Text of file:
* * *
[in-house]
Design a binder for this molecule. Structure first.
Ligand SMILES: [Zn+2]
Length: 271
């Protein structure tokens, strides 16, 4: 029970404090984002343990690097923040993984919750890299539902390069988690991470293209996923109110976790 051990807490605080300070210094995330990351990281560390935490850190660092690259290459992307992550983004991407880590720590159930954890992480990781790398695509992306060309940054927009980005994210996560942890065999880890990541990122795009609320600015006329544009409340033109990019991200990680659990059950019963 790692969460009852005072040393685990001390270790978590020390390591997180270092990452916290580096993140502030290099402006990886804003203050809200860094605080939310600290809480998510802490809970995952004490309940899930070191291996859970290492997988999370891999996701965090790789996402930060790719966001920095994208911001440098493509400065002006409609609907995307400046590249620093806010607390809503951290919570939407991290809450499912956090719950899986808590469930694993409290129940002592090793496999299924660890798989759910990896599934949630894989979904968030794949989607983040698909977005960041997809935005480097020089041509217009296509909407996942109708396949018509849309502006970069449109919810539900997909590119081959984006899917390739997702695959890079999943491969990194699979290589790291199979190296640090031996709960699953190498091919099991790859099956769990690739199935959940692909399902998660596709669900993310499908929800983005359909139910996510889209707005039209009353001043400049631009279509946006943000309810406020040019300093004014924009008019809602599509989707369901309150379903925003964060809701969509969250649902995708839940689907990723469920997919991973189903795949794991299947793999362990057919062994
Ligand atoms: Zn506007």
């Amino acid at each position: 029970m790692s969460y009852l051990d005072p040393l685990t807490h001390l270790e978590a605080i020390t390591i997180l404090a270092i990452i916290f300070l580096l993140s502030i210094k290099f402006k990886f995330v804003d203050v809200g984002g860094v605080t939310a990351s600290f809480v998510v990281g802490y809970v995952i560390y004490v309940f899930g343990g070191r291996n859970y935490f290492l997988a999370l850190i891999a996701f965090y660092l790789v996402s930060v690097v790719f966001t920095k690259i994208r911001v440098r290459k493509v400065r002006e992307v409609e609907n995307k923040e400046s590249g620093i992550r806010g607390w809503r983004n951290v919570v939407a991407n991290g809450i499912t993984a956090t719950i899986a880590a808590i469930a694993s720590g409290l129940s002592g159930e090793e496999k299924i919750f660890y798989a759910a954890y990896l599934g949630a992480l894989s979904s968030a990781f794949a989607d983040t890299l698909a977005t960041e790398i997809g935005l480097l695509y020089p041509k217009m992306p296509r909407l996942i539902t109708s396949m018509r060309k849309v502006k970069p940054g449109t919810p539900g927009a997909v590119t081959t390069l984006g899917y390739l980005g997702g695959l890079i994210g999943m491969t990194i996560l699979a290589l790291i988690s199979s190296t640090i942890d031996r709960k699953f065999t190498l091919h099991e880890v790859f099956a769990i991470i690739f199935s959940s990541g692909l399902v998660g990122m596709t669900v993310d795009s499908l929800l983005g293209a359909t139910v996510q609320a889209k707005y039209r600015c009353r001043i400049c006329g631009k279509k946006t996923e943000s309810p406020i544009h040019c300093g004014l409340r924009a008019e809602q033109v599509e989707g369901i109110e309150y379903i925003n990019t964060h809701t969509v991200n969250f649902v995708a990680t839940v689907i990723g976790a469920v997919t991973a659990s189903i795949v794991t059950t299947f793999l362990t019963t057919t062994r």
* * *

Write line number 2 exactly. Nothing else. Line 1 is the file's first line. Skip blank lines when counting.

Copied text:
Design a binder for this molecule. Structure first.